Exploring Beethoven’s Piano Sonatas

Exploring Beethoven’s Piano Sonatas

You may know that I am a fan of Coursera, an aggregate site of short and usually free online courses presented by University professors from around the world.

Recently, Curtis Institute of Music’s online course entitled Exploring Beethoven’s Piano Sonatas has been rereleased as a “Go At Your Own Pace” course.  This means that you can take this course anytime and without deadlines.

The course is led by the charming and passionate Professor Jonathan Biss, and I took this course when it was first released in early 2014.

While Exploring Beethoven’s Piano Sonatas definitely appeals to pianists, I think that the course has a much wider audience. The course comprises 5 lectures, each of which is broken into smaller segments that can be appreciated in small chunks of time. In these lectures, Professor Biss not only discusses the music of the Sonatas, he spends significant time exploring Beethoven’s growth as a composer through the lens of the Sonatas. The insights offered illuminate the development of Beethoven’s Sonatas and Beethoven’s other genres, including his symphonies and quartets.

Exploring Beethoven’s Piano Sonatas requires very little in terms of formal musical training as a background. Professor Biss admits right from the beginning that this course originates more from his personal relationship to the Sonatas than from a highly analytical approach.  I found his treatment of the material spiritually deep while also enlightening at a historical, theoretical, and personal level. I especially appreciated hearing Jonathan Biss’ opinions when he pointed out how they differed from the opinions of other experts in the field. While some of the discussions might use terms unfamiliar to non-musicians, much of what is presented is easily accessible to anybody.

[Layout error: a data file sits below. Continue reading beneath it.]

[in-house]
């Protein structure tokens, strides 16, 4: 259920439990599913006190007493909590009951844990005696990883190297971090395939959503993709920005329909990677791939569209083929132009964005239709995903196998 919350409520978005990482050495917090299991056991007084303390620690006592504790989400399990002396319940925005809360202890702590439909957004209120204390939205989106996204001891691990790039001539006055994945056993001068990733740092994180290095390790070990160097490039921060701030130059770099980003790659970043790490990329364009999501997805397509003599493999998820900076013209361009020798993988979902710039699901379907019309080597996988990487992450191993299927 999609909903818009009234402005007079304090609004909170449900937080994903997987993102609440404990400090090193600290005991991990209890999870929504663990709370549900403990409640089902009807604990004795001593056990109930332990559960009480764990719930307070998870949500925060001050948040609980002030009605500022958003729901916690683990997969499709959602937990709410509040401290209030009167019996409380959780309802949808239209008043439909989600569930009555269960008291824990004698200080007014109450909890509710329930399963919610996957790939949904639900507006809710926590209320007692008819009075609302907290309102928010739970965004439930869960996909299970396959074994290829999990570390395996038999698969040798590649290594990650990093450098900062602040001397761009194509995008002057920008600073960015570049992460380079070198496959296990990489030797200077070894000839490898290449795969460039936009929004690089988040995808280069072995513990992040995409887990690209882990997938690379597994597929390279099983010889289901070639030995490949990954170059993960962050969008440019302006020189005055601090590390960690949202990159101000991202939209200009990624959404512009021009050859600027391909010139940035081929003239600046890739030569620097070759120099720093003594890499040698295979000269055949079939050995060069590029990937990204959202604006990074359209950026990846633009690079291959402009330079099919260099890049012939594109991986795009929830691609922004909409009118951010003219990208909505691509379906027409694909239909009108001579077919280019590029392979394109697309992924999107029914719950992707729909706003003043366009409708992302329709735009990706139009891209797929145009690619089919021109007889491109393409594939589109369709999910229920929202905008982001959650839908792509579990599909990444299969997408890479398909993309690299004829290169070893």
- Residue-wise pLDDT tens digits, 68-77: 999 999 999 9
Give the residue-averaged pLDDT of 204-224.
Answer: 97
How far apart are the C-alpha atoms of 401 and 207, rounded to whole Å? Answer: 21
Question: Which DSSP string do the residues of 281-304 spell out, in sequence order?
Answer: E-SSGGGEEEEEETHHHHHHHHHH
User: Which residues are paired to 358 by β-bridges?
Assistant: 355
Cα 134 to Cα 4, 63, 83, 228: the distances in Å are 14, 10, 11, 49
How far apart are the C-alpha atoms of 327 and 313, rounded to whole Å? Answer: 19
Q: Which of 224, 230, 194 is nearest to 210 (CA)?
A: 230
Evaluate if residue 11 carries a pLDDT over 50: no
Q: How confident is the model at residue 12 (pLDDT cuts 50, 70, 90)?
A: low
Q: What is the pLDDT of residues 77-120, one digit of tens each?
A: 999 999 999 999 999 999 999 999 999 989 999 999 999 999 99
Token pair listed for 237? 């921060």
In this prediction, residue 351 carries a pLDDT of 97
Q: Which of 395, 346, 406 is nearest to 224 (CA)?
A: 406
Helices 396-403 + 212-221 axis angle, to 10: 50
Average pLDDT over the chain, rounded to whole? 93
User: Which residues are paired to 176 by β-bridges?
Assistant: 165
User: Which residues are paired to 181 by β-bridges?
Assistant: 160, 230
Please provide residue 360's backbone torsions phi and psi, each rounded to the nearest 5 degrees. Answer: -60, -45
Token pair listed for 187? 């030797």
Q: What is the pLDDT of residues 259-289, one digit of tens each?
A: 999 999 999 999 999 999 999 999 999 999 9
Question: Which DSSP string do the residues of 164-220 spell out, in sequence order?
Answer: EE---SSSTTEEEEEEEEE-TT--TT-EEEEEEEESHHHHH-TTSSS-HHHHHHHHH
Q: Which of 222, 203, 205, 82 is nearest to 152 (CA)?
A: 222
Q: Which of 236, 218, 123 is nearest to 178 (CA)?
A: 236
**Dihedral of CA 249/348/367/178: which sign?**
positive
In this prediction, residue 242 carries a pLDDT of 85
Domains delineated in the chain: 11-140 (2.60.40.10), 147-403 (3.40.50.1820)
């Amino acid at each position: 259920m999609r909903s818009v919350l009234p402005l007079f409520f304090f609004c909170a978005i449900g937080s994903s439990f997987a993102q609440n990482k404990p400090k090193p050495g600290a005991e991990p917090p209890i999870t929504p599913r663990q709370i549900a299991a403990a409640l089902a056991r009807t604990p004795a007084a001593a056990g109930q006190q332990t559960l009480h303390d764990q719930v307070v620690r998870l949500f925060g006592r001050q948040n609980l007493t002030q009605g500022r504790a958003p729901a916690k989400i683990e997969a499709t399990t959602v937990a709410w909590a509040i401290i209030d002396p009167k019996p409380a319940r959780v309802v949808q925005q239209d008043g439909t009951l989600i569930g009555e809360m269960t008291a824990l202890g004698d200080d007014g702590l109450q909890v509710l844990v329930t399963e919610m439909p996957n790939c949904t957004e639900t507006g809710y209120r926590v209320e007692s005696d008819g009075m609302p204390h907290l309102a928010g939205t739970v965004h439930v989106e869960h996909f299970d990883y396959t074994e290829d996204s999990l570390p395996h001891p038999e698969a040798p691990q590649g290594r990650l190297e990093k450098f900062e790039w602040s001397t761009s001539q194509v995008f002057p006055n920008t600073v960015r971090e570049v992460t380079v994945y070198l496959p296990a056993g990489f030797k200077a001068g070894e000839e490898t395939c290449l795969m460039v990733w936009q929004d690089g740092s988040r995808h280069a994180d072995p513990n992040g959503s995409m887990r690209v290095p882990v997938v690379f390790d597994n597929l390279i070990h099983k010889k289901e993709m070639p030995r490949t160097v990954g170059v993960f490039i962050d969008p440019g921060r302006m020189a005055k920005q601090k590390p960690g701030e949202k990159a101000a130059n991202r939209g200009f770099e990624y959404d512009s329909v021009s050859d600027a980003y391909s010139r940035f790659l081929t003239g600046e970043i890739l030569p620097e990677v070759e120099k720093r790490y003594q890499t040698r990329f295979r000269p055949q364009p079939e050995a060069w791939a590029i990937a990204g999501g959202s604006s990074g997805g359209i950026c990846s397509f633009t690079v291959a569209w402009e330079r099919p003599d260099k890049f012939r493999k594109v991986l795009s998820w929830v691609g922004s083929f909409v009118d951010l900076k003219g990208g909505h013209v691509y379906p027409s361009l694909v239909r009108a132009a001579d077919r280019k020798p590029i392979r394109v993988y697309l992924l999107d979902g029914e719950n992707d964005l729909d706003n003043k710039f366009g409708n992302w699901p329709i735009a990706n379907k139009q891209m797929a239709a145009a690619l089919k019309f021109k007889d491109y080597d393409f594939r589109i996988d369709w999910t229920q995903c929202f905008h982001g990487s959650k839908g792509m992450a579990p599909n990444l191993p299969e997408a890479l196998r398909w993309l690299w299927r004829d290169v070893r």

As would be expected, Jonathan Biss spends more time talking than performing. While I would have liked supplemental videos of him performing the works discussed in their entirety,  I enjoyed the excerpts from the Sonatas that he did perform. Jonathan Biss’ passion is apparent both visually and aurally.  To fully appreciate the course, viewers should allocate additional time to listen to recordings of the Sonatas discussed within the lectures.

I highly recommend Exploring Beethoven’s Piano Sonatas to musicians and music aficionados alike.

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